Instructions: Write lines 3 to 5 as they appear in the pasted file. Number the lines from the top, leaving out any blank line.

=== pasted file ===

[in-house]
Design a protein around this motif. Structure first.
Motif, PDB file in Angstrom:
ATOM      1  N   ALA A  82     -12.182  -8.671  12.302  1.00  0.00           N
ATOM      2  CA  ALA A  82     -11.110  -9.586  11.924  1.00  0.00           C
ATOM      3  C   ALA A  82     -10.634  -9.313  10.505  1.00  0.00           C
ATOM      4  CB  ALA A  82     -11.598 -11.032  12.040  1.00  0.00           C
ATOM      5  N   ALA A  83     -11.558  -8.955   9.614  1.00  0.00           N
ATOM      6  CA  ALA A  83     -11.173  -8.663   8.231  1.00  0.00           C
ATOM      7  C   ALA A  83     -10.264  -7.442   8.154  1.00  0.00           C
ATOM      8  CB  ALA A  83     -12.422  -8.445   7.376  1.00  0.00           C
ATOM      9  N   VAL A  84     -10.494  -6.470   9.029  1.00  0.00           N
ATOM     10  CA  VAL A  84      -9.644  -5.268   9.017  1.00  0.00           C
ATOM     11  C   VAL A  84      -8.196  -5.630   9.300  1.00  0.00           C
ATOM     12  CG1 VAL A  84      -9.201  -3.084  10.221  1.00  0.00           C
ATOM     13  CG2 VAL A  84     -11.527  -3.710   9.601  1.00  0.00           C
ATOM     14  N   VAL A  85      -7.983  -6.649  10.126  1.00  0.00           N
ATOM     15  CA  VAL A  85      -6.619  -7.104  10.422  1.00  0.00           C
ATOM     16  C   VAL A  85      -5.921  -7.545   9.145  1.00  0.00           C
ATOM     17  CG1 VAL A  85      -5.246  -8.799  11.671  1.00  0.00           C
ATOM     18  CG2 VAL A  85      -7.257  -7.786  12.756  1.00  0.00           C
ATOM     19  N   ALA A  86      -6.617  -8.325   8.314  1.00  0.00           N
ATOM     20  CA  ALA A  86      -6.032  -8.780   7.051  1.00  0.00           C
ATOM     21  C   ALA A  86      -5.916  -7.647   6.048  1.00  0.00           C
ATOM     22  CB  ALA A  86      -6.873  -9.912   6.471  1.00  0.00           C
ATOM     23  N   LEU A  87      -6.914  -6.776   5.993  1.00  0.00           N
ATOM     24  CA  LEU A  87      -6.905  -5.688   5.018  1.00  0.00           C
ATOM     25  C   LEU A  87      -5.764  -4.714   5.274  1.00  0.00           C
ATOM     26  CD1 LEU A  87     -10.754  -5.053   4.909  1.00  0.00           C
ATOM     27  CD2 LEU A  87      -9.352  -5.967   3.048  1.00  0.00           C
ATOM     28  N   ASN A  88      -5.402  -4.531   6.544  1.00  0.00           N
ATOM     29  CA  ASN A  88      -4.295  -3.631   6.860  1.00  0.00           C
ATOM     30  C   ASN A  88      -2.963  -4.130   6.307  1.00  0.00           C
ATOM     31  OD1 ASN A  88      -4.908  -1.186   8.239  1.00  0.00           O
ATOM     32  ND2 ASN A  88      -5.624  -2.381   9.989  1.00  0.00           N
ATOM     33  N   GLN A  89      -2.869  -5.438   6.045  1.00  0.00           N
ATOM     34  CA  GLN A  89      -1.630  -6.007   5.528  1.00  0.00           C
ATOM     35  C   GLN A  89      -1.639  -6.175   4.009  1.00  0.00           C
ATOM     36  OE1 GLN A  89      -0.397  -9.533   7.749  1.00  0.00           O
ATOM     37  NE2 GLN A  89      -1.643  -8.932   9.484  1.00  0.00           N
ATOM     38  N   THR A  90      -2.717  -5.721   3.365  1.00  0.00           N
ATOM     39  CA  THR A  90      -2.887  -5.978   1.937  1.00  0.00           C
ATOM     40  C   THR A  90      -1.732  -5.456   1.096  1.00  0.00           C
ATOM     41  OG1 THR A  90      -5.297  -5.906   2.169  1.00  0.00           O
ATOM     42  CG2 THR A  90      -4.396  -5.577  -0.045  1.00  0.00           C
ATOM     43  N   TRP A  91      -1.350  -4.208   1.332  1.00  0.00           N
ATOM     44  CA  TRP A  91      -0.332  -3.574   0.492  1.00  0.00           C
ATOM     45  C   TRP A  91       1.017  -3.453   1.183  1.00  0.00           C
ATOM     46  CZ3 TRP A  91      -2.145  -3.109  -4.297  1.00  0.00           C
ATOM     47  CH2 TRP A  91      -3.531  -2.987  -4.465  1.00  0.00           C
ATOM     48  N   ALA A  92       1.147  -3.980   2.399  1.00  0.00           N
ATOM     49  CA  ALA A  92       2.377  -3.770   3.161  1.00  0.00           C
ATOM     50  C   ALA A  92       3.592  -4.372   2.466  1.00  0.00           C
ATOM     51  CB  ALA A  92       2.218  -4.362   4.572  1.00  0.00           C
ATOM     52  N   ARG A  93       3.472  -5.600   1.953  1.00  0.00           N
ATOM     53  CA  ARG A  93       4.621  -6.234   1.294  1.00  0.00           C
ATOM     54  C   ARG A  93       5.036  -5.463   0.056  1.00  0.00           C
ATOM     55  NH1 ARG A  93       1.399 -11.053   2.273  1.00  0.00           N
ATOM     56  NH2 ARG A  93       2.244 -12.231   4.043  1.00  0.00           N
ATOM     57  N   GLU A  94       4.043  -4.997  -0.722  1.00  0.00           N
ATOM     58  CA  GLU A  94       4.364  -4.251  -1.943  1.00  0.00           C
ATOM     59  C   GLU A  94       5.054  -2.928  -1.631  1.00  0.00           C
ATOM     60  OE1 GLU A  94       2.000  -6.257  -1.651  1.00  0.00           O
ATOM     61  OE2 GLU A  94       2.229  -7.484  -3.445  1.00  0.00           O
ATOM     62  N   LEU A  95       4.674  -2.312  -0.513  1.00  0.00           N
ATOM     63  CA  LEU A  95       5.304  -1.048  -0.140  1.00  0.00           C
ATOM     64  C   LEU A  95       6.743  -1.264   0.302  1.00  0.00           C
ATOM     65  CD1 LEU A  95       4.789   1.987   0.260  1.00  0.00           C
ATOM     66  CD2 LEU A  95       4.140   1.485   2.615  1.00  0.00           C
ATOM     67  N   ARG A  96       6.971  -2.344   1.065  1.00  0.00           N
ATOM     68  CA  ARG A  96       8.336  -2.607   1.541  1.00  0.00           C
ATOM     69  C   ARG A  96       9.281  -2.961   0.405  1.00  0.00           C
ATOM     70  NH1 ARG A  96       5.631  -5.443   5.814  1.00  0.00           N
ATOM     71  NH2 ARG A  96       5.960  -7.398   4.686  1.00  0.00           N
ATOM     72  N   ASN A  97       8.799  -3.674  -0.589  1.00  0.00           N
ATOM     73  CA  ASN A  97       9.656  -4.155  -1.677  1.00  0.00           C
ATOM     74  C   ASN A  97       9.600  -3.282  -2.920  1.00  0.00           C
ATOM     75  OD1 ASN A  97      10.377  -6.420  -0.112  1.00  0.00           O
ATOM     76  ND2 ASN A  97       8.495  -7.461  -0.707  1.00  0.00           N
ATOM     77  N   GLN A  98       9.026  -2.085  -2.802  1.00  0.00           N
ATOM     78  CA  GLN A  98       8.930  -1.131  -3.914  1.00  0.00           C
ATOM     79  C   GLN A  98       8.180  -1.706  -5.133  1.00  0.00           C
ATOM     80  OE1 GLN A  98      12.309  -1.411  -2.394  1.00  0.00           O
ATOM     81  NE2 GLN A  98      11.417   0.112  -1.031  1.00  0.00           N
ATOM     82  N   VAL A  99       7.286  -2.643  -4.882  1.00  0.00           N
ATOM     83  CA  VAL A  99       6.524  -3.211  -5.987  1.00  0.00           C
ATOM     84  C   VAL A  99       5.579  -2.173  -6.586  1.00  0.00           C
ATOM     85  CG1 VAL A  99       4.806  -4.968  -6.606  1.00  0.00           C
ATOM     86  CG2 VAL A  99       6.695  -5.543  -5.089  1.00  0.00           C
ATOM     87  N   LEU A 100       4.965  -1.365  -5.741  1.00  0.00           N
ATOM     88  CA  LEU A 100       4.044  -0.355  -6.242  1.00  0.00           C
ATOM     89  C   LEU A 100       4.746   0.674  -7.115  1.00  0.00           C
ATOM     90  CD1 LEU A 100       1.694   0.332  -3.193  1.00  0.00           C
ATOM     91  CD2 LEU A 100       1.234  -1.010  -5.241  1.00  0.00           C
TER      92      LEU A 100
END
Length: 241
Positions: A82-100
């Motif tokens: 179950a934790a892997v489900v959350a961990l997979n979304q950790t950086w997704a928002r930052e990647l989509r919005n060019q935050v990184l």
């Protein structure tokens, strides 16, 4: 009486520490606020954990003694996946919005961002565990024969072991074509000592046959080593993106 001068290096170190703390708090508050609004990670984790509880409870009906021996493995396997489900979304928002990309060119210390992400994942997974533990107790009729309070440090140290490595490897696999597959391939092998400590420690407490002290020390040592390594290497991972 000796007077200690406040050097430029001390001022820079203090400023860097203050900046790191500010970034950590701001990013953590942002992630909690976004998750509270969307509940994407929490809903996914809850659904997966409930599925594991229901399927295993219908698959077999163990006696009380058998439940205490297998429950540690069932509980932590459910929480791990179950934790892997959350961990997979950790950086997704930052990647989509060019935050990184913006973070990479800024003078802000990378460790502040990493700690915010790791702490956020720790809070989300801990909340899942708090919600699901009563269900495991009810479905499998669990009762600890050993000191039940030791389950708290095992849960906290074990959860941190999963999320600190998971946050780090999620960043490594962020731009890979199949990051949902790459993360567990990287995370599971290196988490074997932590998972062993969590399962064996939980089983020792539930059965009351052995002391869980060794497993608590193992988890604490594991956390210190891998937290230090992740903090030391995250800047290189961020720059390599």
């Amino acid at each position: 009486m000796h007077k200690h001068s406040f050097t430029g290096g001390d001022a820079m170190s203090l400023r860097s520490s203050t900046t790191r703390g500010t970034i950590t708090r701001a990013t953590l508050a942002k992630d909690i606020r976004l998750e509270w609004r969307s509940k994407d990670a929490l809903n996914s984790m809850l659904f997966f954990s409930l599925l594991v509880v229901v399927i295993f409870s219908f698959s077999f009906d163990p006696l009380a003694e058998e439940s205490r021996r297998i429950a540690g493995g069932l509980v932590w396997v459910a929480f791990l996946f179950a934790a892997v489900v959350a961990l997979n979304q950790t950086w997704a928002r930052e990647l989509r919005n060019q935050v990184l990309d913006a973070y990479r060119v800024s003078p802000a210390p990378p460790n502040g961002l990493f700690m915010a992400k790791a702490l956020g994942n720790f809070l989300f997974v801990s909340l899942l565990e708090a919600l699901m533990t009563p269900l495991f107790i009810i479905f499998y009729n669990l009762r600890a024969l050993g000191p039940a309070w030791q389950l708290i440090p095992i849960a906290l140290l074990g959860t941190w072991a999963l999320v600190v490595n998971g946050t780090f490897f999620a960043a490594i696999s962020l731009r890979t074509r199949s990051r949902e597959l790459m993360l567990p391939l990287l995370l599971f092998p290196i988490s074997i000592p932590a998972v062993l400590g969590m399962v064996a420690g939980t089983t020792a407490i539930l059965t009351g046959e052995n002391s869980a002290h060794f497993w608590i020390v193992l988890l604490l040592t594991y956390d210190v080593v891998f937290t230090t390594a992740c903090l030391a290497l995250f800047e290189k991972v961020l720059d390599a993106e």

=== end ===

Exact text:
Motif, PDB file in Angstrom:
ATOM      1  N   ALA A  82     -12.182  -8.671  12.302  1.00  0.00           N
ATOM      2  CA  ALA A  82     -11.110  -9.586  11.924  1.00  0.00           C